Outside the district, chains must adhere to restrictions on trademarks, uniforms, menus, color scheme and signs, Timmons said. They can’t locate on a corner and there can’t be more than one national chain in any given shopping area, he said.

The tightened rules have had a chilling effect on prospective franchises in the year since they were enacted, he said. Sandwich shop chain Quiznos made some inquiries, but withdrew its application after reviewing the regulations.

Nantucket, Mass., passed similar restrictions for its central shopping district in April. In coastal Carmel, regulations banning standardized uniforms and menus in restaurants work to discourage fast-food chains, said Kersnar, who was its city manager from 1993 to 2000.

The Internet makes it easy for cities to replicate what others are doing, Timmons said.

“Everyone is copying the language from everyone else,” he said. “And the grass roots is driving it. Citizens are demanding this.”

In Ojai, citizen action has a long history of success.


Thirty years ago, Pat Weinberger was among a vocal group of residents who battled plans by California Department of Transportation to widen to four lanes a two-lane highway that is the city’s main artery to Ventura.

After years of protests and lawsuits, the citizens prevailed. Over the years, residents have pushed for other laws that keep Ojai’s growth rate among the slowest in California.

Weinberger said she and others realized early on that they would have to fight to preserve what they loved about their hometown.

From a downtown park, one looks down upon Mission-style buildings lining the main street, the graceful post office tower and jagged mountain ranges beyond.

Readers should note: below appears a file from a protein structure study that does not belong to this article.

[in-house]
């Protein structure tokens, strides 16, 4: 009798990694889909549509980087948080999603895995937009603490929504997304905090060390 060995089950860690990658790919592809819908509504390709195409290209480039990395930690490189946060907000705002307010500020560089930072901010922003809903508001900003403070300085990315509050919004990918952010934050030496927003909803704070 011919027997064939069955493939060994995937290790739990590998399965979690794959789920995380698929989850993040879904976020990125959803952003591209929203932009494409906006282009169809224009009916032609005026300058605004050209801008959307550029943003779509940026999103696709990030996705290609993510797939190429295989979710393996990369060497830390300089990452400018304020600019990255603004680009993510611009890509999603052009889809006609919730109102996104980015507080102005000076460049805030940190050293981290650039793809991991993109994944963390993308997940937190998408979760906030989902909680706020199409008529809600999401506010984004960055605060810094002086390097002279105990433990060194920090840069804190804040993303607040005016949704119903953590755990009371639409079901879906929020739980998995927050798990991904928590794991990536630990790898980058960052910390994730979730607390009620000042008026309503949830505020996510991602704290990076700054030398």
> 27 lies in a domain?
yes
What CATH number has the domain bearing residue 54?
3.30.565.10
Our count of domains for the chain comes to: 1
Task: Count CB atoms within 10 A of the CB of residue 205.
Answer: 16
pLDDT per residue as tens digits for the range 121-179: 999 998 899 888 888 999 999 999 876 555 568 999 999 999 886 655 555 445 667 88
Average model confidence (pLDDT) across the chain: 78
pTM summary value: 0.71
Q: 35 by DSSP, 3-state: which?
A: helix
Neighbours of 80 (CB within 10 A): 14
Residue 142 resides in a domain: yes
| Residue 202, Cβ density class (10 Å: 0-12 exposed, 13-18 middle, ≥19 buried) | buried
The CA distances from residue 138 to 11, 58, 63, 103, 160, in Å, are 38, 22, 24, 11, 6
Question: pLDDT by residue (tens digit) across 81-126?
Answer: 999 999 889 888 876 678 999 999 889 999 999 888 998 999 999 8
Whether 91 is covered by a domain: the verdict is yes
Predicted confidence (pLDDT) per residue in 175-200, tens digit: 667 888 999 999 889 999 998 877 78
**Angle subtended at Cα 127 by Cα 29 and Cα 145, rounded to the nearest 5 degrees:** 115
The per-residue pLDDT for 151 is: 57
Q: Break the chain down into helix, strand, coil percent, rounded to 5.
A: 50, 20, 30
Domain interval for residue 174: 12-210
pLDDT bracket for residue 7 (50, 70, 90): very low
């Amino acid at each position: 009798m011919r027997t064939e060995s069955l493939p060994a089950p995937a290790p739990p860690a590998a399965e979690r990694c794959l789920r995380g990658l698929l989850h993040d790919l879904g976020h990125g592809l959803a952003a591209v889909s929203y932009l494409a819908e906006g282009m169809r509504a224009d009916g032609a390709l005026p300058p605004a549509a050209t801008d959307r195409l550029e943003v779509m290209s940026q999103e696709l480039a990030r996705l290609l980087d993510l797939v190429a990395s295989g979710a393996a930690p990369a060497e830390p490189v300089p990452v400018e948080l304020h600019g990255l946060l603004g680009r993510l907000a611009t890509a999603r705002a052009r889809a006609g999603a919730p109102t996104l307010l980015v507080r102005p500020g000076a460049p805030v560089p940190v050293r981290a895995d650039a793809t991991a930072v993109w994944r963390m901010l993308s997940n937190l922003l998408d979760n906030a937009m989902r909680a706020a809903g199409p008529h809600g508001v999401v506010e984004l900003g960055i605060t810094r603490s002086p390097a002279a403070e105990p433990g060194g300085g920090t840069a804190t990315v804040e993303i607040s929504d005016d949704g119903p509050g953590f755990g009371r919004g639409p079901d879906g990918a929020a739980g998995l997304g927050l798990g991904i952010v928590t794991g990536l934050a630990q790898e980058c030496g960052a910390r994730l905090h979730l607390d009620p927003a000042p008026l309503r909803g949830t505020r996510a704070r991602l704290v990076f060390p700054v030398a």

An open-air shopping arcade is lined with one-of-a-kind boutiques and restaurants, both trendy and casual.

At sunset, locals pause to admire the “pink moment” when the Topa Topa Mountains blush a vibrant rose before fading into night.

“Look at it. Where are you going to find that elsewhere?” said Weinberger, 83. “Other downtowns are glitzy. Ojai’s a diamond, not a rhinestone.”

Of course, there are drawbacks to all that beauty. Ojai’s average home price of $610,000 is keeping young families out. That reduces school enrollment and causes the district to lay off teachers.

And the city’s budget is so dependent on tourism that when the Ojai Valley Inn & Spa, a major tax contributor, shut down in 2005 for renovations, a financial crisis ensued and the former city manager was fired.

Jersey Mike’s owner said he is trying not to be insulted by the town’s cold shoulder. He’s been a city resident for five years and enjoys its rustic charm as much as anyone, Burrell said.

At his two other Jersey Mike’s, in Ventura and Camarillo, Burrell often donates sandwiches and time for fundraisers, he said. In Ojai, he is donating sandwiches to the Ojai Valley Youth Foundation for a golf fundraiser.

When the shop opens in early June, he’ll sell sandwiches for $1 apiece to entice customers.

“I’m going to give it my best shot,” he said. “If there are picketers outside, I’m just going to go feed them.”